BEP Bound for OMOAM: Since {Rn,k, ∀n,∀k} are independent measurement and the supersymbol sources for Ψm,k's are memoryless and independent, detecting Ψm,k based on {RmN c +n,k}n=0 N c −1, for m≠l,k≠i. As result, the probability of error in optimumly detecting the (N,M,L,K) OMOAM signal is equivalent to the probability of error in detecting a single supersymbol Ψm,k by using rule (24) or (28). Assuming further that M supersymbol streams are encoded independently by use of the identical code mapping of bits to KLNc/L-ary supersymbols, the BEP of the optimum OMOAM rule is exactly given by the BEP of the optimum rule for detecting Ψm,k. This is what we pursue in the following. Without loss of generality, we consider the decision on Ψ0,0 (i.e., m=0 and k=0) by using rule (24) and the subscript indices m and k on Ψm,k,am,k,bm,k (1) and Rn,k are dropped for notational simplicity.

Let Ψ=[a,b] be the transmitted supersymbol and {circumflex over (Ψ)}=[â,{circumflex over (b)}] the detected supersymbol, in which the vectors

b Δ _ _ [ b ( 0 ) , b ( 1 ) , , b ( L - 1 ) ]
and

b ^ Δ _ _ [ b ^ ( 0 ) , b ^ ( 1 ) , , b ^ ( L - 1 ) ]
are conveniently defined. There are KL(Nc/L) possible supersymbols that can be transmitted equally likely and the total number of information bits represented by Ψ is L log2K+log2(Nc/L). Further, denote DH(Ψ,{circumflex over (Ψ)}) as the Hamming distance between the binary representations of supersymbols Ψ and {circumflex over (Ψ)} and Pr{{circumflex over (V)}1>V1,Ψ} as the pairwise error probability that V1({circumflex over (Ψ)}) is greater than V1(Ψ) when was indeed transmitted. Following the same union bound argument of “digital communication technique” Simon et al., Prentice Hall, 1995, the BEP of optimum (N,M,L,K) OMOAM is bounded by

P b Ψ 1 K L ( N c / L ) Ψ Ψ ^ D H ( Ψ , Ψ ^ ) L log 2 K + log 2 ( N c / L ) Pr { V ^ 1 > V 1 , Ψ } ( 30 )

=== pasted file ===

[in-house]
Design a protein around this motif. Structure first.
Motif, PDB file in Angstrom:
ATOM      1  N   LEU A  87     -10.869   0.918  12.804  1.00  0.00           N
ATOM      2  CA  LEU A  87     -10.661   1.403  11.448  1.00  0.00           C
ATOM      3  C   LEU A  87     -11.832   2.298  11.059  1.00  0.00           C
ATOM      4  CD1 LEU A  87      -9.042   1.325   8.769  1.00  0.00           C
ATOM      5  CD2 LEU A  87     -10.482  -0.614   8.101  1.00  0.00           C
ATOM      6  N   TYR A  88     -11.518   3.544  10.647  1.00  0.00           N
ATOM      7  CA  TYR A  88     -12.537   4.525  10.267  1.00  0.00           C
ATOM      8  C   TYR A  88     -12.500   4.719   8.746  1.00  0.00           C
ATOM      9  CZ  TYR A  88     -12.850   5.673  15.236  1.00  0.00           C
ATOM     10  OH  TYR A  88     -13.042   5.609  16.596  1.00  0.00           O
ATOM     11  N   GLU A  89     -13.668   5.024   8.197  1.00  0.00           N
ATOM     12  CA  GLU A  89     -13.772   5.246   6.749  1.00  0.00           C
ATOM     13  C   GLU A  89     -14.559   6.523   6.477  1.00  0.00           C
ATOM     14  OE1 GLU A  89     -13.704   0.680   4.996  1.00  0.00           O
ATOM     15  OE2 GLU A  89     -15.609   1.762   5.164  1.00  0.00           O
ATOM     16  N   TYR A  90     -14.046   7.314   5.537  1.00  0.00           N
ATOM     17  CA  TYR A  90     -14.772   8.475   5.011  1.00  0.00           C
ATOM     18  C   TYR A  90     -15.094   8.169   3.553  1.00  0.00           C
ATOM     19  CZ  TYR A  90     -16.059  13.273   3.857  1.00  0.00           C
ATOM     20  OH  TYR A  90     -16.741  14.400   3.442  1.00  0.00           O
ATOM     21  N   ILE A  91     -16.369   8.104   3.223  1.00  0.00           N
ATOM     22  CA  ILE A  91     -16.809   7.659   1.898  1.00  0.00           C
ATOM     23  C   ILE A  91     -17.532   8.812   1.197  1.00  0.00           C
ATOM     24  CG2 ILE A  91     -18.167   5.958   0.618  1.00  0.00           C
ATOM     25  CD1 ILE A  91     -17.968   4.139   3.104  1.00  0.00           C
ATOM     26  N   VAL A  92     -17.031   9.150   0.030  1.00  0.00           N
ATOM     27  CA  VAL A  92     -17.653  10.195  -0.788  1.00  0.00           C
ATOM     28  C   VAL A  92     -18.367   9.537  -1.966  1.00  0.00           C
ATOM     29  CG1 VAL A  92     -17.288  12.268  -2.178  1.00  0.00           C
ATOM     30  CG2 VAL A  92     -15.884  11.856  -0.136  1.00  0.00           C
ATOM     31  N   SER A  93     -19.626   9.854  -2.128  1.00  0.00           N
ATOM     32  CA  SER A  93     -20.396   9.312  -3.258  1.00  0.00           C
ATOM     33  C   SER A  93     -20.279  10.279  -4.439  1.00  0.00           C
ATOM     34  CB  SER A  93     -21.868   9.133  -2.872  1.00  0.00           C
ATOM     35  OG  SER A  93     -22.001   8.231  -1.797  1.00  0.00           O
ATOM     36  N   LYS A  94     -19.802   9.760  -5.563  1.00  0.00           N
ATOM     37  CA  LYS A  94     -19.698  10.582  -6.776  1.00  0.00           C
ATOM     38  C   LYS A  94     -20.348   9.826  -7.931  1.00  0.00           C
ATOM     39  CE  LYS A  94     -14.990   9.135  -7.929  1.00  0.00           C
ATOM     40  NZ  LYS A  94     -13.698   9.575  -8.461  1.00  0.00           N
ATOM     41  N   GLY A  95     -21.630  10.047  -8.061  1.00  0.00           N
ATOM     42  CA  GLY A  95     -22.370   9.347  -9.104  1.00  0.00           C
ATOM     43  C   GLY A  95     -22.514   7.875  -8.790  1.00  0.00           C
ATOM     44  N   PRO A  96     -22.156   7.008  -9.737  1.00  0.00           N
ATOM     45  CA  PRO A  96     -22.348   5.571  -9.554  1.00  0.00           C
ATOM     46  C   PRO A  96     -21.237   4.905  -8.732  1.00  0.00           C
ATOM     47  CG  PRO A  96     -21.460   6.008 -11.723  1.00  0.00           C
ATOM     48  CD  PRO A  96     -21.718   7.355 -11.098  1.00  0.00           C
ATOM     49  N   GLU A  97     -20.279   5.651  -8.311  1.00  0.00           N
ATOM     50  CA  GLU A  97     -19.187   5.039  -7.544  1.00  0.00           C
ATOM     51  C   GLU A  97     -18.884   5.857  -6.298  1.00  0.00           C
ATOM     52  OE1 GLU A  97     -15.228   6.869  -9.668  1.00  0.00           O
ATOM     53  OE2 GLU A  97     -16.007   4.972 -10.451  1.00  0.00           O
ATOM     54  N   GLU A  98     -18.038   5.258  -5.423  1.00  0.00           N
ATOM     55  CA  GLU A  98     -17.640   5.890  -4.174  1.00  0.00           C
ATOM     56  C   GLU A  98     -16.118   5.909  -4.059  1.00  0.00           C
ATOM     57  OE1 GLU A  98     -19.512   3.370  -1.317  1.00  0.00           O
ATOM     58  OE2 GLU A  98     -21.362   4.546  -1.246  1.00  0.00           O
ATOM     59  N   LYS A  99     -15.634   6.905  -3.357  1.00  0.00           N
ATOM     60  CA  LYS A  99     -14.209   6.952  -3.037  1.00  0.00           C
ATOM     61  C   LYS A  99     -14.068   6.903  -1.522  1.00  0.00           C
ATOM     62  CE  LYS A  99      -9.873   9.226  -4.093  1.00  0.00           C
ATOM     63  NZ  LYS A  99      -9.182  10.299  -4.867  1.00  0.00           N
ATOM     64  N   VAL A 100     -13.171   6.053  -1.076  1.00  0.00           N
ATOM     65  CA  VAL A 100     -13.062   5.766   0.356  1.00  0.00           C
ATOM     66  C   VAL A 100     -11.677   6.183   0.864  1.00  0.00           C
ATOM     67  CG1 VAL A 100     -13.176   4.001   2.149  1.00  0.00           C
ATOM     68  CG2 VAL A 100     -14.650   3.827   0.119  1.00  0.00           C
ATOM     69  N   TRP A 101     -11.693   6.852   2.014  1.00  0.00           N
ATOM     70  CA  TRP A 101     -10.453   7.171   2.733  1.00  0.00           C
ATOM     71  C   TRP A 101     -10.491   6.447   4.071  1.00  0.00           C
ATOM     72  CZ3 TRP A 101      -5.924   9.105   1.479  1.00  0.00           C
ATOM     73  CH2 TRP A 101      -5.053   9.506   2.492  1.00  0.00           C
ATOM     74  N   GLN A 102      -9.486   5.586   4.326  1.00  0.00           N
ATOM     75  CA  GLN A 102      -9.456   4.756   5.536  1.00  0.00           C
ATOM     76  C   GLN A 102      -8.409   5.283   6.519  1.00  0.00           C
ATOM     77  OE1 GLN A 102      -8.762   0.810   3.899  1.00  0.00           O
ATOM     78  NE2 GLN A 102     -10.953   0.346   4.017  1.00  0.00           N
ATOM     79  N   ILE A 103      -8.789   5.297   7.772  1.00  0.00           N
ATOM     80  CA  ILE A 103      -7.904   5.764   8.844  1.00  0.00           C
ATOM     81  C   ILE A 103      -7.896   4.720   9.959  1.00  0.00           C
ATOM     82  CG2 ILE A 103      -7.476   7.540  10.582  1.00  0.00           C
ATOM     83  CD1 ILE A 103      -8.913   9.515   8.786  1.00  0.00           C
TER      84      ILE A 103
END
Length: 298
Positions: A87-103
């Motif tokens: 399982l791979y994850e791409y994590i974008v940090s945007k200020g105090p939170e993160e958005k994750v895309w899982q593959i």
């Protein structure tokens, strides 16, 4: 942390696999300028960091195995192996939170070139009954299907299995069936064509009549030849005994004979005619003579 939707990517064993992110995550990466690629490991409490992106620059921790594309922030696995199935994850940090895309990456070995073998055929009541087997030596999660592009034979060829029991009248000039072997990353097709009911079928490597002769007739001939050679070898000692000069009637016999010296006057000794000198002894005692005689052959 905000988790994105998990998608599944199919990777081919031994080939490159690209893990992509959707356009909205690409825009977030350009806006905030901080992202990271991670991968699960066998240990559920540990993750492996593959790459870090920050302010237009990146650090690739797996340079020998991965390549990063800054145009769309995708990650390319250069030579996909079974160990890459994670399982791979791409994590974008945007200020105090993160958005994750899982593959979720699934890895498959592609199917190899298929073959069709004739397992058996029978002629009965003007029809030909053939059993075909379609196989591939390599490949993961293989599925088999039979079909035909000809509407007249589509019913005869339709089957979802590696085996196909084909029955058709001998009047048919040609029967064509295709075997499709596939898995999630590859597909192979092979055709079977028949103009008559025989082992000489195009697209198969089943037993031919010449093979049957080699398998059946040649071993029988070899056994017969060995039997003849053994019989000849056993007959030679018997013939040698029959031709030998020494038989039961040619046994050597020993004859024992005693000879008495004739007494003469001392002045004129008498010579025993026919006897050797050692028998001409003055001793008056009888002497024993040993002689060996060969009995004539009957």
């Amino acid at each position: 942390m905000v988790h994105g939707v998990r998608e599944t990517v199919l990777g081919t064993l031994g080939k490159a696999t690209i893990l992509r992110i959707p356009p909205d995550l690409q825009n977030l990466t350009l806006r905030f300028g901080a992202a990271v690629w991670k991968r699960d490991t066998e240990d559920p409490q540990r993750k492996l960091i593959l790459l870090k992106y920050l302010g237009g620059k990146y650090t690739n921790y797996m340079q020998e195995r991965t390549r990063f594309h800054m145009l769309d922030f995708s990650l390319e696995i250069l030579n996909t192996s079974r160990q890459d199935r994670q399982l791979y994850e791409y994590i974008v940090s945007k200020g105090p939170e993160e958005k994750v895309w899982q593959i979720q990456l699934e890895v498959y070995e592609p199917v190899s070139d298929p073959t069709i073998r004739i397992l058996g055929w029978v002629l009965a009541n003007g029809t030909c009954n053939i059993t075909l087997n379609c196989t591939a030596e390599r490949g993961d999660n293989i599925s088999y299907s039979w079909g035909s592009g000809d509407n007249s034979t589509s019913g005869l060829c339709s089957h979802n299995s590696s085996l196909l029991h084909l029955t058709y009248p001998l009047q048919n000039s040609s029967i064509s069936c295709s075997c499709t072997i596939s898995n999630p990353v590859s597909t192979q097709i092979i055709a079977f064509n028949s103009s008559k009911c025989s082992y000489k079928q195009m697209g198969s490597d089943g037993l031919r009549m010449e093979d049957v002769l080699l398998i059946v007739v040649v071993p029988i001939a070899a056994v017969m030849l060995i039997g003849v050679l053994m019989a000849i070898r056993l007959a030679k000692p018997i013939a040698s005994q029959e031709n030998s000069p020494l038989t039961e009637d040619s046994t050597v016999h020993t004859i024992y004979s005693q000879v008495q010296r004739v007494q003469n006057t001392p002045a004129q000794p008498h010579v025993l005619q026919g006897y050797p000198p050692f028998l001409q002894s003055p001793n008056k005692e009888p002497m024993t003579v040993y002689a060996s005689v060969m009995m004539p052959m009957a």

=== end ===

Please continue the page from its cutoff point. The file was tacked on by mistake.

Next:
where the pairwise error probability is shown as

Pr { V ^ 1 > V 1 , Ψ } = Q ( λ γ b b ^ - b ^ 2 ) if a ^ a ( 31 ) Pr { V ^ 1 > V 1 , Ψ } = Q ( λ γ b ( b ^ 2 + b 2 ) ) if a ^ a ( 32 )
with

Q ( x ) Δ _ _ 1 2 π x exp { - y 2 } y
being the Gaussian tail integral,

λ Δ _ _ [ L log 2 K + log 2 ( N c / L ) / ( 2 L ) ] and γ b Δ _ _ PT b / N 0
the ratio of received signal energy per bit to noise PSD level. Evidently, all (N,M,L,K) OMOAM schemes with the same values of Nc, L and K yield the same BEP, whichever Ω and basis signal assignment are used.

The bound in (30) holds valid for arbitrary bits-to-supersymbols code mapping scheme for Ψ. If symbols a,b(0),b(1), . . . ,b(L−1) are assumed to be encoded independently by the respective bits-to-symbols code mapping schemes, the bound can be further simplified, by noting that

D H ( Ψ ^ , Ψ ) = D H ( a , a ^ ) + D H ( b , b ^ ) and a ^ a D H ( a , a ^ ) = 1 2 ( N C / L ) 2 log 2 ( N C / L ) , as P b W 1 + W 2 K L ( N C / L ) [ L log 2 K + log 2 ( N C / L ) ] ( 33 )
where W1 and W2 represent the sum of DH(Ψ,{circumflex over (Ψ)})Pr{{circumflex over (V)}1>V1, Ψ} corresponding to â^=a and â^≠a, respectively, and are given by

W 1 = Δ N C L b b ^ b D H ( b , b ^ ) Q ( λγ b b ^ - b 2 ) ( 34 )

W 2 = Δ b b ^ [ 1 2 ( N c L ) 2 log 2 ( N c L ) + ( ( N c L ) 2 - N c L ) D H ( b , b ^ ) ] · Q ( λγ b ( b ^ 2 + b 2 ) ( 35 )
When K=2, W1 and W2 are derived as

W 1 = N c L l = 1 L 2 L I ( L I ) Q ( 4 I λγ b ) ( 36 ) W 2 = 2 2 L - 1 [ ( N c L ) 2 log 2 ( N c L ) + ( N c 2 L - N c ) ] Q ( 2 L λγ b ) ( 37 )

Assuming the Gray code mapping scheme for representing each b(1), the asymptotic BEP bounds for K>2 are derived based on the smallest two arguments of Q functions, which have the same form of (33) with W1 and W2 approximated by